The Institute of Chartered Secretaries and Administrators (ICSA) - the Governance Institute conference 2019 was aptly titled the Future of the Board. And discussion at the two-day event focused on how technology, cultural change and climate change will impact on the boardroom. These are all themes that would never have been thought about even as recently as the end of the last century, when profit was the be-all and end-all of commercial boards and control of income was largely the focus of third-sector boards.
While profit and income are still key performance indicators (KPIs) for boards, the ICSA conference highlighted that the new KPIs of cultural change, purpose and sustainability should be given even higher importance.
“This notion of thinking about purpose is a key question that boards need to think about going forward and as part of that it’s the responsibility of the board and directors to put purpose above profits,” said Colin Mayer CBE, Peter Moores Professor of Management Studies at Oxford University’s Said Business School.
Changing thinking on board recruitment
In his introduction to the panel on Succession Planning and the Board’s Role in Nurturing Talent, Dowshan Humzah, director and chair of UK advisory Board Apprentice, began by pointing out that 90% of charity roles are still being filled by word of mouth. Obviously, not the ideal method for increasing the diversity and wealth of talent on a board of trustees.
Humzah then went on to introduce Nurole’s COO, Oliver Cummings as an industry disrupter creating the ‘Amazon' of board recruitment platforms. Cummings explained how Nurole was rapidly and exponentially expanding the pool of talent for boards of all shapes and sizes to draw upon.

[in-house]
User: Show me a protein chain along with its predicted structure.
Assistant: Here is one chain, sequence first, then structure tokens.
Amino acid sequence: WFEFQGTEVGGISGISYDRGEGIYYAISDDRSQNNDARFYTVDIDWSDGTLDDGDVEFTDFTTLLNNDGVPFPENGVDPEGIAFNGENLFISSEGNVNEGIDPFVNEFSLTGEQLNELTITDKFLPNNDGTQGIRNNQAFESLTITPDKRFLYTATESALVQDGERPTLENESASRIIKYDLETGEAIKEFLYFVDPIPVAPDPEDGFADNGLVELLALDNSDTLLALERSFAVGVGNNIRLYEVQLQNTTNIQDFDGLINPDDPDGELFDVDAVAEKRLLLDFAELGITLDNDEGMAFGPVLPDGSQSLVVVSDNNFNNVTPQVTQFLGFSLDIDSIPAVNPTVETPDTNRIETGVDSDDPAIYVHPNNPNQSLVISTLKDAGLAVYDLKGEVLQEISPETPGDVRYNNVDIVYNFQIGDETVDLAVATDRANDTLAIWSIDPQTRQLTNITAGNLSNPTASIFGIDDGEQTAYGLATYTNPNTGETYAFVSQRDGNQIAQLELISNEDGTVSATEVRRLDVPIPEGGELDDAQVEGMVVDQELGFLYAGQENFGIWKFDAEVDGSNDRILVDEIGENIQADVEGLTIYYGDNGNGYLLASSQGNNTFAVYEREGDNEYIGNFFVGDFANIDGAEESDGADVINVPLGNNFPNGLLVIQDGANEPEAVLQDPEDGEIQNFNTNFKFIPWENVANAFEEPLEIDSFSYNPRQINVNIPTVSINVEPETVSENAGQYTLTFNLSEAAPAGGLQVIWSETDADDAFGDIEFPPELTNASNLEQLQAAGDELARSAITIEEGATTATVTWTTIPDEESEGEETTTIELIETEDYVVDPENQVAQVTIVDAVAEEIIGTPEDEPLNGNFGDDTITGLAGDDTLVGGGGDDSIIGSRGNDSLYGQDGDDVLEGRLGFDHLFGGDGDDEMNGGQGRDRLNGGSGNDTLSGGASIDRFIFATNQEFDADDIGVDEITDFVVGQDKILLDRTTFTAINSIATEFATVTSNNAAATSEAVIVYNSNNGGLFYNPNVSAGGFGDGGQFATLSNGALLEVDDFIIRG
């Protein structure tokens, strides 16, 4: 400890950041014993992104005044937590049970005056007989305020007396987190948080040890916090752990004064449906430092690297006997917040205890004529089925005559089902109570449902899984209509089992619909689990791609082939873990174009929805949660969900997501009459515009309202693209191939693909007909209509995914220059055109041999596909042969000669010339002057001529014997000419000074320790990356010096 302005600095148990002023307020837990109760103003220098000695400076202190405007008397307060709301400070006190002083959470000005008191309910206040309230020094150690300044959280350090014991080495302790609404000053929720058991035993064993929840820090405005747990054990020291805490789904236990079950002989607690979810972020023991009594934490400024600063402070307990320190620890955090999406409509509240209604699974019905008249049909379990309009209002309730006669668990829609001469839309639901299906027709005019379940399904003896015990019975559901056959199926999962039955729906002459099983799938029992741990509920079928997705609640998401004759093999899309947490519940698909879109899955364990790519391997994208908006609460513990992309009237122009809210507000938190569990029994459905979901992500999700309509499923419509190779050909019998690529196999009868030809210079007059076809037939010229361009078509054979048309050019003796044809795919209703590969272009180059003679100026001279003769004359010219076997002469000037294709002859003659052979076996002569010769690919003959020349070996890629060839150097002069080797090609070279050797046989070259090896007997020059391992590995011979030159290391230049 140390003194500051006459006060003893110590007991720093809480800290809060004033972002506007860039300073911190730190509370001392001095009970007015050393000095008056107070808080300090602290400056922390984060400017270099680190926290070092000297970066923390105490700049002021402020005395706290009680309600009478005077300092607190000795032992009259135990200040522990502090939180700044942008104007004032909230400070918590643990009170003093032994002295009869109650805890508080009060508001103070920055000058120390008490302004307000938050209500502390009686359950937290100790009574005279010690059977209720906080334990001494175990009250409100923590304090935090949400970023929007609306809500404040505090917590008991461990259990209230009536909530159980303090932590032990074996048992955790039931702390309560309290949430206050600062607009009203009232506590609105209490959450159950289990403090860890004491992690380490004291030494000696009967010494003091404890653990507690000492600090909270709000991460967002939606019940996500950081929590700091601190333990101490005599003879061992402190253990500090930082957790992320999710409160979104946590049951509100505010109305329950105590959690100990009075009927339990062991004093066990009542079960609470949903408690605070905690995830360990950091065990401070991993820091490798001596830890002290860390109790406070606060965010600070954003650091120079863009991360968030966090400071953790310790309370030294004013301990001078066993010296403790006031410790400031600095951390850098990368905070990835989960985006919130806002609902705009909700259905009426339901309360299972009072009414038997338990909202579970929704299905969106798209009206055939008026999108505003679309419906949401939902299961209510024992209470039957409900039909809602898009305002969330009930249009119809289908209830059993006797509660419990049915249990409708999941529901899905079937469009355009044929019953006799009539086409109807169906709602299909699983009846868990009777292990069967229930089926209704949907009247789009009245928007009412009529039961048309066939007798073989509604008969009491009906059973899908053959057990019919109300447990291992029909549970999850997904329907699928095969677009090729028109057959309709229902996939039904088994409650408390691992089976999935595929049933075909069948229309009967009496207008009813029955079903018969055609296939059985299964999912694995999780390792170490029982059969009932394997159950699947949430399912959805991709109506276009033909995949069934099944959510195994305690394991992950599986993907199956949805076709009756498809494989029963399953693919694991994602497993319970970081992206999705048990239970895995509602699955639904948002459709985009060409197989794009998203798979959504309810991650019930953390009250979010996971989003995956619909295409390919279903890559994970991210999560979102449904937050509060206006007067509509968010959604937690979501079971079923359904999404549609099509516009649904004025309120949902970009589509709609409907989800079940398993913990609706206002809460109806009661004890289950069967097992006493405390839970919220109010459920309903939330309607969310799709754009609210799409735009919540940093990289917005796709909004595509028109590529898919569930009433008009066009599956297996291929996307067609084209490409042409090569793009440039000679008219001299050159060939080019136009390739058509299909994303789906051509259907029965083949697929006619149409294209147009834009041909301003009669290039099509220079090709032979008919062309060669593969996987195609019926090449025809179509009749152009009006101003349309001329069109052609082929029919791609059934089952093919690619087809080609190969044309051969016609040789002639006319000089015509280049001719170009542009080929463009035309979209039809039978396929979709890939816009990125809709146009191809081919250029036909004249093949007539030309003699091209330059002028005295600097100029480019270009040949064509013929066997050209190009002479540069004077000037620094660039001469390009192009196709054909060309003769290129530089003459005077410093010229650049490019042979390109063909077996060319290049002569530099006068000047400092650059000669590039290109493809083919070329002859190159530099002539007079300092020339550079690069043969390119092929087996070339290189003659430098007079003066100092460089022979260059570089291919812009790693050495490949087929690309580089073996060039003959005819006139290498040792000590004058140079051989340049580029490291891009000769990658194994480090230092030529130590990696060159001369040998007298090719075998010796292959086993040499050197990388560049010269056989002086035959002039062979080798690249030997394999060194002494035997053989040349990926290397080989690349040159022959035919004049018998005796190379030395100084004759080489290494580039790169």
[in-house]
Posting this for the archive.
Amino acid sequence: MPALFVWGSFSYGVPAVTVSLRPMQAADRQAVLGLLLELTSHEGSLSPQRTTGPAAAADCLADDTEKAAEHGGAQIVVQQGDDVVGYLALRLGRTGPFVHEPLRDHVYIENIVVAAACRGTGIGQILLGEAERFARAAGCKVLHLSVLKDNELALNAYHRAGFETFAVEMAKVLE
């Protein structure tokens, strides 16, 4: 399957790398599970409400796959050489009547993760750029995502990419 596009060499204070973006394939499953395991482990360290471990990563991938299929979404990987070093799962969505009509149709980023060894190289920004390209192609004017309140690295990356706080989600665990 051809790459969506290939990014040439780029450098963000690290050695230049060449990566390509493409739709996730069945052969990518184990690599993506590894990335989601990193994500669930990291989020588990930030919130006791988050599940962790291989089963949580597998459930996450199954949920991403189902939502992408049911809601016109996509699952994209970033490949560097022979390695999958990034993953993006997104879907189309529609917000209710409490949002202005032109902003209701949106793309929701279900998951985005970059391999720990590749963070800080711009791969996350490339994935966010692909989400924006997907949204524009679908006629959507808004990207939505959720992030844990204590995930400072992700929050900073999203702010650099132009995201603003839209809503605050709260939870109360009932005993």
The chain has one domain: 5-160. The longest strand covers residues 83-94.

“Across our platform we see everyone from startups to charities to big investor-backed businesses, accessing our database of 30,000 plus boardroom and C-level-ready members. This not only beats hiring by word of mouth, it naturally and organically helps to increase the diversity of boards too.
“We are seeing on the platform that you can get people with broader commercial acumen and deep expertise. We strongly believe in equality of opportunity, rather than equality of outcome. The idea that there is not enough diverse talent out there is just not true. The success of the Nurole platform is proof of that.”
With research released at the conference carried out by the ICSA: The Governance Institute, London Business School’s Leadership Institute and Elisabeth Marx Associates, showing a continuing lack of genuine diversity at the top of British business, any proactive measures to improve diversity are warmly welcomed.
Based upon comparative research with A View at the Top, which looked at the composition of FTSE 100 boards in 1996, this latest research found that although there have been improvements in gender diversity at non-executive director level, boards remain more obviously male and significantly whiter than the British population. It also showed that directors are increasing in age and have little educational or career background diversity.
“In many of the headline-grabbing areas that the initial 1996 research uncovered there has been genuine and sometimes radical change, such as the increase of female directors from 4% to 28% and international experience in the boardroom climbing from 24% to 57%,” said Professor Randall S Peterson, Academic Director of the London Business School Leadership Institute.
“In other areas, however, little has changed: a quarter of all directors are educated at Oxbridge or Harvard and the percentage of female executive directors has climbed from 1% to just 3%.”
If you are looking for senior executive and non-executive director roles, Nurole's innovative recruitment platform can help.